75.Powers which can be conferred on detention officers include the power to require defined categories of persons to attend a police station to have their fingerprints taken; the power to carry out non-intimate searches of persons detained at police stations and to seize items found during such searches; and the power to carry out intimate searches in the same limited circumstances that are applicable to constables.

76.Powers which can be conferred on escort officers include the power to transport arrested persons to police stations, and between a police station and another location specified by the custody officer. An escort officer can also be placed under a duty to prevent a detainee’s escape.

77.By virtue of section 28(2)(f), civilians designated by the Chief Constable will be able to carry out their functions in any place in England and Wales where a BTP constable has jurisdiction under section 31(a) - (f). This includes, but is not limited to, railway stations and track. They will also be able to operate outside the railways elsewhere in England and Wales if the matter is connected to the railways.

Section 29: Terms of employment

78.Section 29 is designed to ensure that the Authority’s employment practices fall within the criteria set by the Secretary of State. The BTP’s officers will hold the office of constable and also be employees of the Authority. In transferring their employment from the SRA to the Authority their existing terms and conditions of employment will be protected. Thus far the Secretary of State has retained an overarching control on BTP constables’ and civilians' pay through the SRA’s financial framework. This section will enable the Secretary of State to ensure that the Authority maintains pay parity for BTP constables and civilians with their Home Office colleagues.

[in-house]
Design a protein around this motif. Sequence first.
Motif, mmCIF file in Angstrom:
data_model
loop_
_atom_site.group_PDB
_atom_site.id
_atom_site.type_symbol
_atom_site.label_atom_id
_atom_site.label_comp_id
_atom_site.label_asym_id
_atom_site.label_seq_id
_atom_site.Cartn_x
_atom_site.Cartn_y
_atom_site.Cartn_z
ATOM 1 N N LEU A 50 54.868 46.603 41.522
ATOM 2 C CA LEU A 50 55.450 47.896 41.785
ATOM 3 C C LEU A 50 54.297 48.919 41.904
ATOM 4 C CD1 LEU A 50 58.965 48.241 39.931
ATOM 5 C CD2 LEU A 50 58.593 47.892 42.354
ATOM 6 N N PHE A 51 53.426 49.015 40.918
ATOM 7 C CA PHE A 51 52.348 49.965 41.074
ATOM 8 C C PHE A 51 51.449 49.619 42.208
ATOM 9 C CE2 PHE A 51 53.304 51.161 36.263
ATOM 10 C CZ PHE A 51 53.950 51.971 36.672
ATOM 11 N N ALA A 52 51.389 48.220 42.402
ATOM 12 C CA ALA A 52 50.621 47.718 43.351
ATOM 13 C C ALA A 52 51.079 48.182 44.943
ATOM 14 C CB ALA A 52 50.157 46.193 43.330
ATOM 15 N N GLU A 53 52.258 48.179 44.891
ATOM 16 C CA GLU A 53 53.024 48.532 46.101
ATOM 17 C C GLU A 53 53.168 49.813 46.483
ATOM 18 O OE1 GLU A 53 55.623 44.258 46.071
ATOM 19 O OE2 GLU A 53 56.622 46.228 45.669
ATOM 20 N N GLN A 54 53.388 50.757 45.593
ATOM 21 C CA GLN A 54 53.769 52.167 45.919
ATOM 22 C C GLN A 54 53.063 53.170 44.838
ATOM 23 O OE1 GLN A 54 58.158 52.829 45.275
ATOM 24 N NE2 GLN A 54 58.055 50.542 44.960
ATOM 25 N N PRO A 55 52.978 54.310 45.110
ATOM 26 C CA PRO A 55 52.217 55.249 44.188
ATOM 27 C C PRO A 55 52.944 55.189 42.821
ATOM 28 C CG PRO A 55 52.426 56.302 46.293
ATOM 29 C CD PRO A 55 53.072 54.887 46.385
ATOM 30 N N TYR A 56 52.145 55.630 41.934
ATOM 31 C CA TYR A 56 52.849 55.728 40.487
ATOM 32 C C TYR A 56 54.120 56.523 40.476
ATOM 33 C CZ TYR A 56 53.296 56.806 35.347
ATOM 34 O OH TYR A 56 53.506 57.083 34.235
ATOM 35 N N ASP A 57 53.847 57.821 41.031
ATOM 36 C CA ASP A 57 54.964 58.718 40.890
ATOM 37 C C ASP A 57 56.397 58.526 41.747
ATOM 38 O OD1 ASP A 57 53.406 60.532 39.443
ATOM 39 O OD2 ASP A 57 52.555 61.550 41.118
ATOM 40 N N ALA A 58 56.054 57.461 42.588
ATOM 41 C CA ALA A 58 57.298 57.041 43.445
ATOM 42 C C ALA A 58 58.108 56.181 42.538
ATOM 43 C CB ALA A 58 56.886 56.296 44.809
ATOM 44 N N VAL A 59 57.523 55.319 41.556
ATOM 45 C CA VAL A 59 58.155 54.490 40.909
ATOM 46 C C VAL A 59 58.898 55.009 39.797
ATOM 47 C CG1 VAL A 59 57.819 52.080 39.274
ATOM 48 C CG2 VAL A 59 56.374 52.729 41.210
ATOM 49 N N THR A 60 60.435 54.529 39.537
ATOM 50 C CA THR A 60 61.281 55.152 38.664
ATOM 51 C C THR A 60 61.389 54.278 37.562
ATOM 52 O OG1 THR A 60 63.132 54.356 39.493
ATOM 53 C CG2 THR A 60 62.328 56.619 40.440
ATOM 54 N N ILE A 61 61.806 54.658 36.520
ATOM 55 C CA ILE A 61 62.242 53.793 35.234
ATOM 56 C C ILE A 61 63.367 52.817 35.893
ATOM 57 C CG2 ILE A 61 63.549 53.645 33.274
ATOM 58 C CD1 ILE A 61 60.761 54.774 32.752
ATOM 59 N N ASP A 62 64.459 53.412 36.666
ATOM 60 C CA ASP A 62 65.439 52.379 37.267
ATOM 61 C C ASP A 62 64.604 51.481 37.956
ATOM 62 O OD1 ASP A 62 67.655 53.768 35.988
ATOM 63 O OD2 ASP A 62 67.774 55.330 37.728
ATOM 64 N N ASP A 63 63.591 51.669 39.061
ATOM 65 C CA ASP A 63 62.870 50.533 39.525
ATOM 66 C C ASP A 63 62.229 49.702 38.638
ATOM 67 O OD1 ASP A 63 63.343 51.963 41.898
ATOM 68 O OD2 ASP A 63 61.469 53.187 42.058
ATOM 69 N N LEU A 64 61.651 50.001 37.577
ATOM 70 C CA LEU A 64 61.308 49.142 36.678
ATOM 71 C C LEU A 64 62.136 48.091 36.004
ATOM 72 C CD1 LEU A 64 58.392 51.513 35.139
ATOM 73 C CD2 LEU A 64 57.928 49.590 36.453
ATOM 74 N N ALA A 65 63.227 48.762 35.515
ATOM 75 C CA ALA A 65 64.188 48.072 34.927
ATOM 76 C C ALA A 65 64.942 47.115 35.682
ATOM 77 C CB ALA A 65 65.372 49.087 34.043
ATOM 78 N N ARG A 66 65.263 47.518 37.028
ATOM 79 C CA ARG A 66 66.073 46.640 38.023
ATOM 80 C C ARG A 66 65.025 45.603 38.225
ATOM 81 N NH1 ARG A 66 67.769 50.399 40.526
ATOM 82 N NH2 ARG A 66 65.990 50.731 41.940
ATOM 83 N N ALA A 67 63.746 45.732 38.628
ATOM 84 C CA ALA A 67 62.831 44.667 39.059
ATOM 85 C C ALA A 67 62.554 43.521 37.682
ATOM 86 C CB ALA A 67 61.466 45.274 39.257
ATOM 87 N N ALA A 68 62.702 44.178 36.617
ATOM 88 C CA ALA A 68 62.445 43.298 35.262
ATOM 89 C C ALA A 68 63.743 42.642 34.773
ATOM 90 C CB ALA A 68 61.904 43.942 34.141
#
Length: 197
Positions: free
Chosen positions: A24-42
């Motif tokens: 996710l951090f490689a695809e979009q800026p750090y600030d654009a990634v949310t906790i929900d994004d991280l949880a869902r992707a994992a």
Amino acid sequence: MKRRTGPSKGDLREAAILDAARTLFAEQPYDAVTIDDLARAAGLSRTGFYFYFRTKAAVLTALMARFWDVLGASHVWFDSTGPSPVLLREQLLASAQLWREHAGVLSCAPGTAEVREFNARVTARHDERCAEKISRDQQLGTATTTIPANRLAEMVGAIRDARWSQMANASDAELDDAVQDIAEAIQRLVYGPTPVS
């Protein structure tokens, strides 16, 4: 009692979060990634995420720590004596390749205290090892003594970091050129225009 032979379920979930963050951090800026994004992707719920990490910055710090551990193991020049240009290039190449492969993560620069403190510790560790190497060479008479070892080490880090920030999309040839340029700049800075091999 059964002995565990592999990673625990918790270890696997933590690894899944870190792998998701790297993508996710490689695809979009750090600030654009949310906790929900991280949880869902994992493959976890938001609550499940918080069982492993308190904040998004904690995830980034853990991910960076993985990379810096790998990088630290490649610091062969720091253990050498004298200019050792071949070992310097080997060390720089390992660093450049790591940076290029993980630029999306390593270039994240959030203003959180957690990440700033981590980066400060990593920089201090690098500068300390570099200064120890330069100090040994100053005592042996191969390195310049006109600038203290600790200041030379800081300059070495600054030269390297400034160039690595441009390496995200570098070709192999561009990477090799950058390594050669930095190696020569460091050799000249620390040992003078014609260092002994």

Section 31: Jurisdiction

79.The BTP’s main duties consist of public policing, exactly like a Home Office police force. However, unlike a Home Office force, almost all of the BTP’s duties, and in particular its routine patrols, occur on private property, albeit property to which the public may have access i.e. railway stations and trains. The BTP’s existing jurisdiction on this private property flows from a combination of a 1949 private Act of Parliament(3) and numerous private agreements between the SRA and the railway companies. Most operators of railway vehicles and certain railway assets are required under the Railways Act 1993 to have a licence. It is a condition of those licences that the operator must enter in to an agreement with the SRA to engage the services of the BTP on its property. It is these agreements, combined with the 1949 Act that gives the BTP the right to police most railway property.

80.Section 31 gives the BTP a wholly statutory railway jurisdiction throughout England, Scotland and Wales. Within this jurisdiction a BTP constable has the powers and privileges of a Home Office constable. The jurisdiction extends over all railway property. It also extends outside railway property (a town high street for example) throughout Great Britain in relation to railway matters. This jurisdiction would, for example, allow a BTP constable to pursue a person who commits an offence on the railways but then absconds from railway property.